Jamie Martin, editor of Simple Homeschool, also blogs about motherhood at Steady Mom
It started off like any other normal day.
I woke, showered, and made breakfast for the kids. During the Christmas season I usually read from a selection of holiday books during meals–that day we began The Story of Holly and Ivy. We enjoyed it so much that I postponed our regular post-breakfast routine so we could keep reading.
We took a short break to make some hot chocolate and start a fire. I had no idea that while we were getting cozy, children a few miles down the street were literally running, or hiding, for their lives.
Around 11 am my phone rang. I don’t usually answer during “schooltime,” so I let it go to voicemail. I sucked in my breath when I heard my neighbor’s tearful message:
“I don’t know if you’ve heard, but there’s been a shooting at Sandy Hook school. There are reports that a second shooter may be at large in the area. Lock your doors and keep the kids inside.”
I immediately ran outside to our barn/office where my husband Steve was working, staying calm so I wouldn’t attract the kids’ attention. I felt sure that some sort of minor misunderstanding was being blown out of proportion by the media and would be cleared up soon.
But as minutes turned into hours, reports grew worse instead of better. Horror overshadowed Newtown as I know it on this normal, not at all normal day. Perhaps most surreal of all was the knowledge that if we had not chosen to homeschool, all three of our kids would have attended Sandy Hook Elementary–with my youngest in the first grade.
People often move to this county because of the schools, known as some of the best in the country. A couple of times Steve and I discussed whether we should enroll the kids. “Think how much writing progress I could make” I dreamily mentioned a couple of times.
Now I shudder to remember those conversations. What if we had made a different choice?
We made our educational decision not for a second out of fear for our kids’ safety, but out of believing it to be the right path for our family.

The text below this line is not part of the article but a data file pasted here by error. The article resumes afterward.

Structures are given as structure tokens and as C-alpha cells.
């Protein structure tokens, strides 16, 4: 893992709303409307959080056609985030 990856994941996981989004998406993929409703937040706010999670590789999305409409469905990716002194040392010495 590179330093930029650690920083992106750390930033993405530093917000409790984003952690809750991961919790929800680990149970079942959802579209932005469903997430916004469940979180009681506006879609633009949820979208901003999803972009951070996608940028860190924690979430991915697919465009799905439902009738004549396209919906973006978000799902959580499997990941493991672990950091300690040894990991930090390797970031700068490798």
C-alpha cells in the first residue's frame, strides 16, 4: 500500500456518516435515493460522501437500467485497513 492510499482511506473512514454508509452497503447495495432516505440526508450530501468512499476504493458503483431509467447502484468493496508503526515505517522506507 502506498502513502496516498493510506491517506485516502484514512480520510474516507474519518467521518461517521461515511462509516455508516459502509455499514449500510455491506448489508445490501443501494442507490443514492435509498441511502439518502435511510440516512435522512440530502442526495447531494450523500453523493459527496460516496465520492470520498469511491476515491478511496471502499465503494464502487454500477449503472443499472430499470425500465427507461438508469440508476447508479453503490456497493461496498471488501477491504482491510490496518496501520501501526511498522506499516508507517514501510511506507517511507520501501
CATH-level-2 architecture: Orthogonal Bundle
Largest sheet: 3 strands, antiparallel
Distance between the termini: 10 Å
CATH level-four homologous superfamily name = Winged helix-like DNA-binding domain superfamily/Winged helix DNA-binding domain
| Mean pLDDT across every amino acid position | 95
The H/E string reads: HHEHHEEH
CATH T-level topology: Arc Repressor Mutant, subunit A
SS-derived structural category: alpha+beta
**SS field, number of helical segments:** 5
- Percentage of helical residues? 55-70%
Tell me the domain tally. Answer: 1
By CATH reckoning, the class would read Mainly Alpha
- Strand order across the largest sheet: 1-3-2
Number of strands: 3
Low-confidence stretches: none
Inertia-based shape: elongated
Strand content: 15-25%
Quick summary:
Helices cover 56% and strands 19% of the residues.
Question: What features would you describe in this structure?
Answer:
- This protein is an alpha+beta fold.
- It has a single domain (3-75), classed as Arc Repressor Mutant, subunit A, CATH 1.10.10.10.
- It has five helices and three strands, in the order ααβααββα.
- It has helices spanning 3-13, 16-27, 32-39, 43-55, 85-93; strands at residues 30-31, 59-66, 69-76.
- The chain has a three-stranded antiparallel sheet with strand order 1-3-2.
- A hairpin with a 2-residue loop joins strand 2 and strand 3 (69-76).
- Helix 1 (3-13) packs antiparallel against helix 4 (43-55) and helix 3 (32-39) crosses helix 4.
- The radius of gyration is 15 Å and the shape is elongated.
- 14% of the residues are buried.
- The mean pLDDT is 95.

But I now find myself in this place of acknowledging that our choice to homeschool may have saved my youngest child’s life. At the very least, it saved all three of my kids from a severe, violent trauma that hundreds of children (and their parents) within a few miles of us currently grapple with.
How do we process that? How can we make sense of it all, move forward?
It’s been over three months since that day, time to consider the response to this terrible tragedy in my backyard. I wanted to postpone writing until I could usher some major call to action–legislation to change, funds to raise, something to do. Without a doubt, we do need change and I hope it comes soon.
But when I got right down to it, what I feel like we most need in this moment, what our response should be no matter where we live is this:
So many people these days survive on a virtual treadmill of sorts–racing from job to activity to daycare to school to home. None of that is wrong in and of itself, but many of us lack margin of any sort in our lives.
Homeschooling families can be just as busy as anyone else. But by making an alternative choice for our children’s education we have placed ourselves on a separate lifestyle path. Many of us, in doing so, have acknowledged that we want more out of life than what the American dream has on offer. Through our choice we’ve granted ourselves and our families time–time to grow, time to learn, and time to reach out to those hurting nearby.
Building community could mean a position on a committee or spearheading some other public effort, but it doesn’t have to. It might mean making cookies, visiting the elderly, inviting a neighbor over, picking litter up from your street, slowing down to talk when you’d rather rush past, putting people ahead of productivity.
It means being willing to ask for help when we hurt and giving help to others when they hurt. Doing onto others what we want them to do for us–so basic, so simple, so revolutionary.
Good from evil
Newtown has always been a lovely place to live, but I’ve grown to appreciate it even more since December 14th. I’ve seen neighbors hugging in the street, strangers asking each other how they’re really doing, people passing by on a walk taking time to introduce themselves.
In our grief, we’ve grown stronger. In our grief, we’ve grown together.
May the same be said about the place where you live, without requiring a tragedy to bring about the transformation. And may it start with you–with all of us.
“I alone cannot change the world, but I can cast a stone across the waters to create many ripples.”
~ Mother Teresa